A Local Friend and an International Hero
Probably none of the hundreds of guests who have visited the Suffolk Resolves House annually, on the occasion of its September Open House, have had any notion that the venerable gentleman, always on hand to greet them in his Daniel Vose period costume with a three-cornered hat and buckled shoes, was a war hero. And a very exceptional one at that. We think none knew this about Milton's George Thompson — longtime member of our Historical Society and longer-time spouse of our Board Member, Anne Thompson — because none of us, save Anne, even knew about it!
On November 6th, 2007, our already decorated war hero, along with six other World War II veterans of the Normandy Invasion, received France's highest award, the Legion of Honor, from French President Nicolas Sarkozy, at a reception at the French Ambassador's Residence, in Washington, D.C. We in the Milton Historical Society are enormously proud of our dear friend and member, George Thompson, as should all of Milton be of their honored neighbor, as well. And so, we are most pleased to provide the following article, with permission, about the event from the Boston Globe.
France honors humble veterans
By David Abel
Globe Staff / November 6, 2007
MILTON - Nearly every morning since World War II, George M. Thompson has walked outside his two-bedroom townhouse to hang a US flag over his driveway. Before sunset, the 82-year-old Army veteran takes the flag inside, a ritual that he says has helped him hold on to memories of the fellow soldiers he watched die between the beaches of Normandy and the Battle of the Bulge.
Sixty-two years after completing their mission, Thompson and six other veterans who helped liberate France will today be awarded the Legion of Honor, France's highest award. President Nicolas Sarkozy, who has sought improved relations with the United States since being elected in May, will present medals to the men in Washington, where tomorrow he will address a joint session of Congress.
Thompson says he is honored but doesn't feel worthy.
"I don't think I was a hero," he said at his home yesterday before officials from the French consulate arrived to escort him to the airport. "I did nothing different than another 100,000 people. The true honor is that I'm alive to get it - that I survived."
Thousands of Americans have been made knights in the order of the Legion of Honor, which Napoleon Bonaparte founded in 1802 to recognize the exploits of great artists, scientists, and soldiers, among others. Thompson joins Americans such as Presidents Dwight Eisenhower and Ronald Reagan, Generals George Patton and Norman Schwarzkopf, and artists Martin Scorcese and Edith Wharton.
Alexis Berthier, a spokesman for the French consulate in Boston, said Thompson and the other men were chosen for their bravery. He said the French government had been considering honoring the men over the past year but expedited its review of their records to allow Sarkozy to award them their medals.
"We look for those who have really distinguished themselves," Berthier said.
The Legion of Honor is one of several medals that Thompson has received for his 18 months in combat.
He earned a Purple Heart after he was wounded in the Battle of Chambois and a Bronze Star for his bravery while helping others cross the Moselle River, which runs through France and Germany. He also has ribbons for fighting in five major battles, which took him as far as Pilsen, Czechoslovakia, where he was attached to the 359th Regiment of the 90th Infantry Division.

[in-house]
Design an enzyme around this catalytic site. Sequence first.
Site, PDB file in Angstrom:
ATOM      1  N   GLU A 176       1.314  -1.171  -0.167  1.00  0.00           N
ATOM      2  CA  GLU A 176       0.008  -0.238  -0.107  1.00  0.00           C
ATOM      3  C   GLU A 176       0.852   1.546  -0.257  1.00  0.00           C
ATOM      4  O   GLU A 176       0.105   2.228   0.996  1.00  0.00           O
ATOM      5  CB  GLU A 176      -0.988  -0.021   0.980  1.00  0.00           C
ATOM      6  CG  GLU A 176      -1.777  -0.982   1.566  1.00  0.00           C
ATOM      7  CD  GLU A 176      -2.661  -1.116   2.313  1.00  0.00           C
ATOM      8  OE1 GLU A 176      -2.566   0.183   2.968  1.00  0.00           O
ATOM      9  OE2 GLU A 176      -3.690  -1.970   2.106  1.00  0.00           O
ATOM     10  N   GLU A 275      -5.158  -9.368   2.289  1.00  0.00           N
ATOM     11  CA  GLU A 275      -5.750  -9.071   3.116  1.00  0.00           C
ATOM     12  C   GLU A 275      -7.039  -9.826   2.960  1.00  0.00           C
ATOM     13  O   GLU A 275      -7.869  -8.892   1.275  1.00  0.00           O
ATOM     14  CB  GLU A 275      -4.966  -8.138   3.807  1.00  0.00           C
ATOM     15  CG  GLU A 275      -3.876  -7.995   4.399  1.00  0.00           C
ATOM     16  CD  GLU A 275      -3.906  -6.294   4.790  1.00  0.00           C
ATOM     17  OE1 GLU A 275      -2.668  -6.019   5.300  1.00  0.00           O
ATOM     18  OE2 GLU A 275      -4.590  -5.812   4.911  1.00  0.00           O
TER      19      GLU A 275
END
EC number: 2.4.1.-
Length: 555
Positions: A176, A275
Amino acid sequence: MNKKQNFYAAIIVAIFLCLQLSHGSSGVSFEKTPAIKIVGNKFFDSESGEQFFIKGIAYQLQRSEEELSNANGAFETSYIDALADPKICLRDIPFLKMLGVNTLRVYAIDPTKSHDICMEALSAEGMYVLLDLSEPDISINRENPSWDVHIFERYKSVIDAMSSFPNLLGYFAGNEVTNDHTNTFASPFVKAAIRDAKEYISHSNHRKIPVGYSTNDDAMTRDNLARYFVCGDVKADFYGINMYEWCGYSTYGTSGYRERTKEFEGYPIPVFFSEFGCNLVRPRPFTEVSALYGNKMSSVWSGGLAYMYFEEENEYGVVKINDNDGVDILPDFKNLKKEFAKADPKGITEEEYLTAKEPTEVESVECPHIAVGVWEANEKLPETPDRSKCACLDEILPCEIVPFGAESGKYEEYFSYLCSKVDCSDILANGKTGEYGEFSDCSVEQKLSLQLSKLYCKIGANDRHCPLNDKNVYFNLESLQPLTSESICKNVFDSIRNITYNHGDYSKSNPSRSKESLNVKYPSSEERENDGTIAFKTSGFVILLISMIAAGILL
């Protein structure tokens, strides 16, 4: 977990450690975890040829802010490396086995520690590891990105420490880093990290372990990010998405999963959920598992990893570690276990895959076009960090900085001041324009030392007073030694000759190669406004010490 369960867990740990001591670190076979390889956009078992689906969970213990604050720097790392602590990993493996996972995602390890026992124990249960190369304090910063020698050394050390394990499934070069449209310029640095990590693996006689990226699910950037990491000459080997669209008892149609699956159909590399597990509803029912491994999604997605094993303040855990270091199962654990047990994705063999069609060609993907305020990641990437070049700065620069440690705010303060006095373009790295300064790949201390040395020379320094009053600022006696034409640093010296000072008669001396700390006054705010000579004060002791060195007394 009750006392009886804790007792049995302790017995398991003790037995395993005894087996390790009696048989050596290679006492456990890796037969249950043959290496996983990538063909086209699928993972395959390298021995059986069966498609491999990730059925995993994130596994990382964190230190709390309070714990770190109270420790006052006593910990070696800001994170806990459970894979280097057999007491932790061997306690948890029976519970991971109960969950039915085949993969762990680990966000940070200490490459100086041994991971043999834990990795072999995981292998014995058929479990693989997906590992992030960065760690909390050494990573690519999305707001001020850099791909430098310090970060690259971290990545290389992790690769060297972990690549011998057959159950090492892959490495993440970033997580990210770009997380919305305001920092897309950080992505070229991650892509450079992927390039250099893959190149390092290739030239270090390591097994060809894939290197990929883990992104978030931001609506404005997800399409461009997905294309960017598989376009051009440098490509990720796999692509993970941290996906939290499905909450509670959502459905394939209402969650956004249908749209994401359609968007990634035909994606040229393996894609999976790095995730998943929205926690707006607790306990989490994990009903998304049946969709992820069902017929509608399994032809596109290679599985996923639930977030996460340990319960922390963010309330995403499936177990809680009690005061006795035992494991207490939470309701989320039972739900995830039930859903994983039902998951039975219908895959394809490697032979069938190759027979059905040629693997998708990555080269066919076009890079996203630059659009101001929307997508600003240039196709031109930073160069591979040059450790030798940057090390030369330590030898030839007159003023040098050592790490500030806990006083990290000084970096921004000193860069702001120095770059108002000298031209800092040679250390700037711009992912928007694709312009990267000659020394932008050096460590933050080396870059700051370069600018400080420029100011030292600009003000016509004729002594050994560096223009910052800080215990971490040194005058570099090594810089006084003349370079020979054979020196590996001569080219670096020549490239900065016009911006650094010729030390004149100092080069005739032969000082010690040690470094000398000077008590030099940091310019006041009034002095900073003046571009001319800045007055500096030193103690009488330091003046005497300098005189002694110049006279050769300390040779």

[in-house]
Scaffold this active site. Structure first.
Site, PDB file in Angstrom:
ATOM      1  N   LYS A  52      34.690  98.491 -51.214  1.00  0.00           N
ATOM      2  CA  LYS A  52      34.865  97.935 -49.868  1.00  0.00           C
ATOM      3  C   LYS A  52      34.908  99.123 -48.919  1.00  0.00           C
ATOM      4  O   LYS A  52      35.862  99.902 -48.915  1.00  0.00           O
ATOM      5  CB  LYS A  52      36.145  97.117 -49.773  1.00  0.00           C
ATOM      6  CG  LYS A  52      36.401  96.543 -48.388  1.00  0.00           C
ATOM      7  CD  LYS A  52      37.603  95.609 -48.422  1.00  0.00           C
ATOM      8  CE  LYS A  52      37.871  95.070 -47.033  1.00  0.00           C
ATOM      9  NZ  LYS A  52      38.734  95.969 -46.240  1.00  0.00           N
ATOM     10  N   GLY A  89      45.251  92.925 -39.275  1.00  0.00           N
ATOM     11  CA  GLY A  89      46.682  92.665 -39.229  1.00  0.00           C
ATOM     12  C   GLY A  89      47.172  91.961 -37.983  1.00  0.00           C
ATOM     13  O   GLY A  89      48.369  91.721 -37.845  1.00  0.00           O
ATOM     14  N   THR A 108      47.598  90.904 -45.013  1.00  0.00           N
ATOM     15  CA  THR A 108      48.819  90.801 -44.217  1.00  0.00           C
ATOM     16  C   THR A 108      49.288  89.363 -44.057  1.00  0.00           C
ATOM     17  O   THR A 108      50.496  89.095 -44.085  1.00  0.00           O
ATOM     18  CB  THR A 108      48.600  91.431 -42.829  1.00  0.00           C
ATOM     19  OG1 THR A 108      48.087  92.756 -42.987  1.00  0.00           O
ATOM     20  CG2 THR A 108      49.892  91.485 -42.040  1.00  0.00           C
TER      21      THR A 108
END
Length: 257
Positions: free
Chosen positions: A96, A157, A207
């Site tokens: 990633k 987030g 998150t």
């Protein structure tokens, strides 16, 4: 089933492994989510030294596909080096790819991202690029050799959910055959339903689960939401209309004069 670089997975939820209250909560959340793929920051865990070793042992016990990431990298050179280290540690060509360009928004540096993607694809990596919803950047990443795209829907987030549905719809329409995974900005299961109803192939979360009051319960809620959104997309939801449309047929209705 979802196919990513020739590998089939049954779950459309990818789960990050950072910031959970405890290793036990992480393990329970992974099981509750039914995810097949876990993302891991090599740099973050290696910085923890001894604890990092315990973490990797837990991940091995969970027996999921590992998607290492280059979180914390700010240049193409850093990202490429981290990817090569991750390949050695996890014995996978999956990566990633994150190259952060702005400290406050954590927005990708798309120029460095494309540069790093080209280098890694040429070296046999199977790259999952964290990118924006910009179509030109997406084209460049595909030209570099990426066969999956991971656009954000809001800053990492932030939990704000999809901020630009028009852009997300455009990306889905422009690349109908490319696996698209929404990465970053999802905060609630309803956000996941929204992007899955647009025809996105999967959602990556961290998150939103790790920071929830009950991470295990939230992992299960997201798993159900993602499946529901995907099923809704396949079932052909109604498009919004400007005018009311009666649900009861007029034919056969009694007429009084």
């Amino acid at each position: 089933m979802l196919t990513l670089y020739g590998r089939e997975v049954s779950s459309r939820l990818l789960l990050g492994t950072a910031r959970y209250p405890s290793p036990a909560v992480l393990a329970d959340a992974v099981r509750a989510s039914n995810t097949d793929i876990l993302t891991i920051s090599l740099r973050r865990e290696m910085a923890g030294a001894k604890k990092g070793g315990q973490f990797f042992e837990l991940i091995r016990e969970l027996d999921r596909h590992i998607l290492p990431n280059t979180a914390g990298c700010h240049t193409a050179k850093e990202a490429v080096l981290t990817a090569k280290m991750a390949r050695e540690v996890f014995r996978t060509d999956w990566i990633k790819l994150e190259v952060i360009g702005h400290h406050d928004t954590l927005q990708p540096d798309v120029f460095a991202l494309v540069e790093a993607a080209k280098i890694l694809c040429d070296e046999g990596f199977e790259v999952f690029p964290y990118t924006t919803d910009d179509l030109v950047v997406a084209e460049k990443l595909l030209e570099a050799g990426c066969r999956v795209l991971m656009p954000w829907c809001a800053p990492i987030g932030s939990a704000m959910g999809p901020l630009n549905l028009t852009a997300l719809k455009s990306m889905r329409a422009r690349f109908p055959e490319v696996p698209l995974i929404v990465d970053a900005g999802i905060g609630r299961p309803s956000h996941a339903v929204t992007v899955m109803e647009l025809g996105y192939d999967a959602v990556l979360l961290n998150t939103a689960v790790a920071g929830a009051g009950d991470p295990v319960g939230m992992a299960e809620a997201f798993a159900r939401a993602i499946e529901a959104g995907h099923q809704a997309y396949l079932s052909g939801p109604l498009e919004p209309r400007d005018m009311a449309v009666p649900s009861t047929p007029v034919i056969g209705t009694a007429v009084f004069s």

Not long after, he said, he was part of the occupying force in Germany, living in German barracks, where local nuns ironed his underwear and socks.
Joining Thompson in Washington today will be Charles N. Shay, 83, of Old Town, Maine, a combat medic who served in the First Division, landed on Omaha Beach on D-day, and spent six weeks as a prisoner of war. A Penobscot Indian whose ancestors were allies of George Washington during the Revolutionary War, Shay received a Silver Star and four Bronze Stars.
In a phone interview shortly before he left for Washington, Shay said he saw the award as a way to honor the Penobscot nation.
"It's an honor for me, but it's a great honor for my people," he said.
The award was also an honor for Thompson's and Shay's families.
Thompson's wife, Anne, yesterday wore a Joan of Arc ring and a shawl decorated with American flags. "He's very modest," she said, "but I couldn't be more proud of him."
Thompson, who helped build nuclear submarines and served in local government after the war, has three daughters and eight grandchildren, all of whom were en route yesterday to Washington.
"We're just speechless," said Kara Russo, one of his daughters, while driving to Washington. "I'm in awe of him and what he has done."
Her 15-year-old daughter, Rachel, who is in Milton's French immersion program, said she plans to address Sarkozy in French.
"I want to tell him that I'm happy he's giving my grandfather this award," she said. "I was always proud that he was my grandfather, but I'm really proud that he helped free France."
Thompson prepared for the trip yesterday by wearing an old tie covered with American flags and "1976," the nation's bicentennial year.
He also showed off flags he keeps in his basement, including one representing a company that fought in the Revolutionary War. Another he takes out on Memorial Day and Veterans Day, and a third he bought for the turn of the millennium.
"Someone had to be watching over me," he said. "All I can say is that I'm very lucky."